On Thursday, Qantas announced a series of changes that are aimed at making Frequent Flyer Award seats more accessible. They have also announced a change in the balance of the award charts. People seeking Economy seats will find a lower points requirement. On the other hand, Premium Cabin awards will come at an increased points cost.
The changes generally follow the following themes:
- Greater availability of Award flights
- Reduced Carrier Surcharges on most international Award Flights
- Increased points requirements for Premium Economy, Business and First Award Flights
- Decreased points requirements for Economy Award Flights
The full suite of changes will kick in from 18 September – especially those that are negative for the customer. On the other hand, Qantas have already introduced some of the changes that are in the customers favour.
Greater availability of Award flights
Qantas will be offering more than a million extra reward seats annually on Qantas and a growing list of premium partner airlines. This is said to include availability during peak leisure travel periods to our most popular destinations such as London, Los Angeles, Tokyo and Singapore.
Overall, Qantas says that there will be a 30 per cent increase in our highest demand reward seats in Qantas International premium cabins over the next 12 months.
Reduced Carrier Surcharges
You know how these work. You find yourself an Award Flight, only to discover there is a sizeable cash payment required. This is in addition to the points you need to redeem. Even worse, on some redemptions, you can find the co-payment is more than you could just buy a flight for.
While these co-payments have some genuine taxes and charges, usually the largest component is what Qantas call a ‘Carrier Charge’. These used to go under the name of ‘Fuel Surcharges’, introduces when fuel prices were going up, but never really went away when fuel prices came down.
Qantas are now promising to reduce Carrier Surcharges on most international routes by up to 50%. There are some exceptions – mostly to New Zealand and some South Pacific islands.
For Economy, the Carrier Surcharge reduction has already kicked in. If you are looking at an Award in a premium cabin, you will need to wait until 18 September for the reductions to occur. This is the same day as the number of points required increases.
Qantas quote the following examples:
- A return Classic Reward flight from Sydney or Melbourne to London will see carrier charges reduced from $1080 to $700 in business
- A return economy flight from Sydney to New York will see carrier charges reduced from $360 to $180.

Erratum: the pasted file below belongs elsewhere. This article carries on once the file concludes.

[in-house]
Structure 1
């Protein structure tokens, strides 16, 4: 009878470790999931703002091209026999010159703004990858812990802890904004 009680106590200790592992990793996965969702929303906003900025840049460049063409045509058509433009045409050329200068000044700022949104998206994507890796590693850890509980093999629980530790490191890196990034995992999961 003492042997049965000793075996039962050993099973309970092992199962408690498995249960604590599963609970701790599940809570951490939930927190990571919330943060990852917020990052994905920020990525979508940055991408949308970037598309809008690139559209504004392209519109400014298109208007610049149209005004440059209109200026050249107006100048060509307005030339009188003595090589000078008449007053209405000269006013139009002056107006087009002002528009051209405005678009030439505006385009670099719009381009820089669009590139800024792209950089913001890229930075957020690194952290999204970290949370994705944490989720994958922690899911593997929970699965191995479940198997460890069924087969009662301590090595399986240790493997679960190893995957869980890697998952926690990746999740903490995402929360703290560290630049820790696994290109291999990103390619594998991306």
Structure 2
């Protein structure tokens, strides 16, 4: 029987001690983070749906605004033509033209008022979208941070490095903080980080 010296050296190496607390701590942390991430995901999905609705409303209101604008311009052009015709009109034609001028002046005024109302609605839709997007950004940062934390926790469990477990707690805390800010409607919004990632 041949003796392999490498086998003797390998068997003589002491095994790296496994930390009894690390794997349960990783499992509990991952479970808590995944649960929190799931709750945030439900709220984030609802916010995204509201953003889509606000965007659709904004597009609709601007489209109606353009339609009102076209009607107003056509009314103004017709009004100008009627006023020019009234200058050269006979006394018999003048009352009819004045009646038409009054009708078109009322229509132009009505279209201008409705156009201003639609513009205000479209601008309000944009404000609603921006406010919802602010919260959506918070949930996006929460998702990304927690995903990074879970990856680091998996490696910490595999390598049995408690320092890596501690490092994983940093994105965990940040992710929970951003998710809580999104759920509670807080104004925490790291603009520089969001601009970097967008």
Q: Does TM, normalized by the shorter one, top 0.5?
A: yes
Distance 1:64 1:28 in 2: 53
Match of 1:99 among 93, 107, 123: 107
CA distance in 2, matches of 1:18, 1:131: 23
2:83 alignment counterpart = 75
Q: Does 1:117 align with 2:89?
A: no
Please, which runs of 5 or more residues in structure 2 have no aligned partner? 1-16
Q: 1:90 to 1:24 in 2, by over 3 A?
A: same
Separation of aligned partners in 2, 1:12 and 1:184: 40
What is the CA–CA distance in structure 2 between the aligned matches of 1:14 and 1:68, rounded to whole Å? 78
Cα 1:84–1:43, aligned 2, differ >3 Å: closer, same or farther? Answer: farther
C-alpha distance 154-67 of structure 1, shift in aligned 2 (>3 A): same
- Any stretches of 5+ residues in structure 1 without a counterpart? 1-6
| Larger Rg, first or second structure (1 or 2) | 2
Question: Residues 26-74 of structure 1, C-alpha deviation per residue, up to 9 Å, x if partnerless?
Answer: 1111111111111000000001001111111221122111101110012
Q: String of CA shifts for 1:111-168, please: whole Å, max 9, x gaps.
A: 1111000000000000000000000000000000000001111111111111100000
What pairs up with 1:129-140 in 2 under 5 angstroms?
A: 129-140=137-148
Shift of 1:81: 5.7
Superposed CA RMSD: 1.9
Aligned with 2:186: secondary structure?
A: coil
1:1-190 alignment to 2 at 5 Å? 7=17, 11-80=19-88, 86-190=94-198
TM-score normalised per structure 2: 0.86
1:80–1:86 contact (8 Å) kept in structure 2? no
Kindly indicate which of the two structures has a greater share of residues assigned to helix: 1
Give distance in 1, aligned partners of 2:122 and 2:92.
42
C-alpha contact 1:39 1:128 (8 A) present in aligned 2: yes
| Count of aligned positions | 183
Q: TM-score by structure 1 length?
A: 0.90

Increases Points Required for Premium Cabins Awards
Qantas are increasing the number of points required for an award flight in the premium cabins. There is also an increase coming through for Upgrade awards.
These increases are occurring across both the International and Domestic networks. The following table shows the effect on the first three zones, which cover the range of Domestic flights.
|Cabin class / route length
(Qantas Points Required)
|Until 17-Sep||From 18-Sep||Until 17-Sep||From 18-Sep|
|Zone 1 (0-600 miles)
(e.g. Sydney to Melbourne)
|Zone 2 (601-1,200 miles)
(e.g. Brisbane to Melbourne)
|Zone 3 (1,201-2,400 miles)
(e.g. Perth to Melbourne)
That’s for a straight out award, but Upgrade Awards will also increase.
Decreased Points Required for Economy Cabins Awards
On the other side are decreases in point requirements for Economy cabin awards. These primarily affect awards on international flights. For the 3 zones that encompass domestic flights, there is no change. This also means that a range of awards between Australia and New Zealand and some other South Pacific islands are not changing.
Qantas state that the number of points will fall by up to 10%. This can be seen in some of the mid haul routes, although longer routes see a lower percentage reduction.
These reductions came into effect on 20 June 2019.
|1||0 – 600||8,000||8,000||–|
|2||601 – 1,200||12,000||12,000||–|
|3||1,201 – 2,400||18,000||18,000||–|
|4||2,401 – 3,600||22,500||20,300||-9.8%|
|5||3,601 – 4,800||28,000||25,200||-10%|
|6||4,801 – 5,800||35,000||31,500||-10%|
|7||5,801 – 7,000||40,000||37,600||-6%|
|8||7,001 – 8,400||45,000||41,900||-6.9%|
|9||8,401 – 9,600||55,000||51,200||-6.9%|
|10||9,601 – 15,000||60,000||55,200||-8%|
These are a fairly wide range of changes. Given the changes a number of other airlines have made recently, they were not that unexpected. Fortunately, Qantas has resisted the temptation to follow some airlines into a dynamic pricing model.